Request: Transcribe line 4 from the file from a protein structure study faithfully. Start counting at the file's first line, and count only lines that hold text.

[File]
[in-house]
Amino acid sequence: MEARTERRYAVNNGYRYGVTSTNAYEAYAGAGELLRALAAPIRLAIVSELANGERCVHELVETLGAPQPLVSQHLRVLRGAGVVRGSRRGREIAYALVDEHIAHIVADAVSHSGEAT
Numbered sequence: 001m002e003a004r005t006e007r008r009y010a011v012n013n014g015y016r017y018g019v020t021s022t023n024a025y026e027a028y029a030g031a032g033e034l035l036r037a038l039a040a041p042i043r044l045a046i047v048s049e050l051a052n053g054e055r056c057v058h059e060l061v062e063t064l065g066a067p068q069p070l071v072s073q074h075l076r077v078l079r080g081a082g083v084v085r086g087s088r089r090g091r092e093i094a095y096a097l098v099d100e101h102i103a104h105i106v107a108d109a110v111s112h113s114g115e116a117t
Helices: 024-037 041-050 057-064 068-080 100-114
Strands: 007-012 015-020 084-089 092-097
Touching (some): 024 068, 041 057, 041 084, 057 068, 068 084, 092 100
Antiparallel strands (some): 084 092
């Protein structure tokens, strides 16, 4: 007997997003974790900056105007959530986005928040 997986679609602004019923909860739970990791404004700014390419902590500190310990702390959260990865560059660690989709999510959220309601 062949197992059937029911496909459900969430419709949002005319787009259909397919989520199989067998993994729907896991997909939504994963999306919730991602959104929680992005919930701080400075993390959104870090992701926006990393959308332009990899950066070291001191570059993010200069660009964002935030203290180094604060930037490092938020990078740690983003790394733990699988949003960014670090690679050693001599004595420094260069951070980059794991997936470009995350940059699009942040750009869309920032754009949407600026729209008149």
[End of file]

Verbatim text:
Helices: 024-037 041-050 057-064 068-080 100-114